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Basically I have been tearing my hair out over this one. I have tried everything I can find on the web and can not get any custom font to work on my site. I'm not a web designer and would really appreciate it if someone could help me out. The following code is what I have in my css file:

@font-face {
font-family: "digitica";
src: url("digitica.eot");
url("digitica.woff") format("woff");
url("digitica.otf") format("opentype");
url("digitica.ttf") format("truetype");
url("digitica.svg#webfont") format("svg");
font-weight: normal;
font-style: normal;

I have all the font types uploaded to the server and am referring to the font as follows:

.xyz {
font-family: "digitica"; <<<< Does the space matter between : & "digitica"?

Then placing:

<div class="xyz">

around the text I want in this custom font

<!-- end .xyz --></div>

Please help!

share|improve this question
If it's being ignored across all browsers, then I'd check to see if you're locating the files or not. I bet this is a path related issue, use Firebug or Chrome Inspector to see if the files are being located. –  cereallarceny Nov 5 '12 at 0:35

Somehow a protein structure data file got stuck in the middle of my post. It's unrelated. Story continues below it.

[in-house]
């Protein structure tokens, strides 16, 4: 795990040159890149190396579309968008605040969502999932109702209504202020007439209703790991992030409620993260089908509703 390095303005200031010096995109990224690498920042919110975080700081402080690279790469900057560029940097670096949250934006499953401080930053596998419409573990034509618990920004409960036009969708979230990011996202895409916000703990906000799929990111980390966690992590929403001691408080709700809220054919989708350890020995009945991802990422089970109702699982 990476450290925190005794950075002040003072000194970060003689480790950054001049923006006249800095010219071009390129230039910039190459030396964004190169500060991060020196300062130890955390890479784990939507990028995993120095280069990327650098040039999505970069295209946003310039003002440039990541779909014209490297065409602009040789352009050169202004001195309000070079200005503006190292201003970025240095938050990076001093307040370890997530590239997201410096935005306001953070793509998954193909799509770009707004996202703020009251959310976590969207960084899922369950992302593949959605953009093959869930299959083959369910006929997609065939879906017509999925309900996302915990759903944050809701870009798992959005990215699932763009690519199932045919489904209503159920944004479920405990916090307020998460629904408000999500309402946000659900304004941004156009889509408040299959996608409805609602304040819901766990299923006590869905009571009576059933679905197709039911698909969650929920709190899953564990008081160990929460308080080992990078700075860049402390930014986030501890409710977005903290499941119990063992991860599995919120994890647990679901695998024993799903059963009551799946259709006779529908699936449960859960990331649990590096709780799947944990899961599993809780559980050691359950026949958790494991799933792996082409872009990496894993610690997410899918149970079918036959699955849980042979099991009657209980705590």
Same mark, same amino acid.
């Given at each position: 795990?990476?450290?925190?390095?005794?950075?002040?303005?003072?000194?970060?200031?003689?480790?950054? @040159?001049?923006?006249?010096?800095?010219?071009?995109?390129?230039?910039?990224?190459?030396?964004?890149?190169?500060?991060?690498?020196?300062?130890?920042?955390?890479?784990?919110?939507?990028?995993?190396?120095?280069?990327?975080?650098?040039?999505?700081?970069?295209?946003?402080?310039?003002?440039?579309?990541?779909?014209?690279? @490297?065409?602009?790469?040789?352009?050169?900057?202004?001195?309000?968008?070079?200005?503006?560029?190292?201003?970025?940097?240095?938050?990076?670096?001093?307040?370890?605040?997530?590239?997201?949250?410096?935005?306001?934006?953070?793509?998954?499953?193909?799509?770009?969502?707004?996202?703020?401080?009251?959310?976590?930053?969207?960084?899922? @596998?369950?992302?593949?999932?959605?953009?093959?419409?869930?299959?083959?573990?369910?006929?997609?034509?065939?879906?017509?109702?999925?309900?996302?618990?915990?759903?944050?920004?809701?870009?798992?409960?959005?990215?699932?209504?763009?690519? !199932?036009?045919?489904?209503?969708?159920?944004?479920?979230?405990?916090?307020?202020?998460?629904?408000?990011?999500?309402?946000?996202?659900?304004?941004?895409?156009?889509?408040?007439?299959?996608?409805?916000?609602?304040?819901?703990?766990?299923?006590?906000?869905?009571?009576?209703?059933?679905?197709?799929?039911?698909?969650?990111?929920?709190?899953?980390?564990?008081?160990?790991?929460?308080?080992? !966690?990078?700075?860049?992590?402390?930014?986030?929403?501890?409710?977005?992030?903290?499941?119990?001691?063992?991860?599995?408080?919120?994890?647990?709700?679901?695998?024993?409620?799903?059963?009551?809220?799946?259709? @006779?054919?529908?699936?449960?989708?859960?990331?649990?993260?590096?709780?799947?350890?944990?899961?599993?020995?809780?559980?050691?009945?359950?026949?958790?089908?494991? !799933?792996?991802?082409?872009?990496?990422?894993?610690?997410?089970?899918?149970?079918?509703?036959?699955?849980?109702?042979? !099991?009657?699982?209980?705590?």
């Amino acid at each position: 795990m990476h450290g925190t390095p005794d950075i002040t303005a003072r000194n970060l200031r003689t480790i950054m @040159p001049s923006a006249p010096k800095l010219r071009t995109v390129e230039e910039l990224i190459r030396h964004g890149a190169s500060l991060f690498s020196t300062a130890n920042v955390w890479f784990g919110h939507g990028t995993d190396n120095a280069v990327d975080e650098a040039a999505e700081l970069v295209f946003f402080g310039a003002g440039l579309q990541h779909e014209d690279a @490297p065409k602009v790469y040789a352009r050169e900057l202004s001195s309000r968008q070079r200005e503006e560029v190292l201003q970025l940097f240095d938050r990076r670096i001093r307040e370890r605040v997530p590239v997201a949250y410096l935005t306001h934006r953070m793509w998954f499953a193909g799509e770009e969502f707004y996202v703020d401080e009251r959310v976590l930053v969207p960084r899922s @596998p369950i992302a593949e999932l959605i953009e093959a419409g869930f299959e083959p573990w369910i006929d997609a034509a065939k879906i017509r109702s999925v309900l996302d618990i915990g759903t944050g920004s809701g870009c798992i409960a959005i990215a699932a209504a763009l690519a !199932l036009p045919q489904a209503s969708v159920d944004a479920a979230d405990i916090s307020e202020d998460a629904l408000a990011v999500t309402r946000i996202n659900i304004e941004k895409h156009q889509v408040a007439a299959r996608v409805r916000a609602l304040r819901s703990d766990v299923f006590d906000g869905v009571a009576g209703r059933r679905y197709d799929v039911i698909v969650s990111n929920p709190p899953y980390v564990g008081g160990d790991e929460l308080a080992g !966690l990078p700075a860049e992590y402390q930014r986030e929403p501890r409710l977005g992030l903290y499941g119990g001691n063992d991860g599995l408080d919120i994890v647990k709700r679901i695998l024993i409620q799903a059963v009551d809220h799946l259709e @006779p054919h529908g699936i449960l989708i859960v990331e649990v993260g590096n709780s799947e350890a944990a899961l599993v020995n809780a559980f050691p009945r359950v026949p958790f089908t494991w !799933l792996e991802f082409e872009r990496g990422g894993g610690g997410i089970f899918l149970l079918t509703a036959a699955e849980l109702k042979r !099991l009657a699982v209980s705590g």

2 Answers 2

src: url("digitica.eot"),
url("digitica.woff") format("woff"),
url("digitica.otf") format("opentype"),
url("digitica.ttf") format("truetype"),
url("digitica.svg#webfont") format("svg");

Use commas not semicolons to separate fonts.

share|improve this answer

Your @font-face syntax is wrong. Try:

@font-face {
    font-family: 'digitica';
    src: url('digitica.eot');
    src: url('digitica.eot?#iefix') format('embedded-opentype'),
         url('digitica.woff') format('woff'),
         url('digitica.ttf')  format('truetype'),
         url('digitica.svg#digitica') format('svg');

.xyz {
    font-family: "digitica";
share|improve this answer
Thanks dude it solved the problem! So relieved. I have one final question with the >>> .eot?#iefix <<< Do you rename the eot file to that. What is its purpose? –  user1798922 Nov 6 '12 at 21:43
From fontspring.com/blog/the-new-bulletproof-font-face-syntax (note that the syntax in this blog entry was revised again, which I provided as my answer): "Internet Explorer <9 has a bug in the parser for the src attribute. If you include more than one font format in the src, IE fails to load it and reports a 404 error. The reason is that IE attempts to load as a file everything between the opening parenthesis all the way to the very last closing parenthesis... The question mark fools IE into thinking the rest of the string is a query string and loads just the EOT file." –  amustill Nov 7 '12 at 11:24

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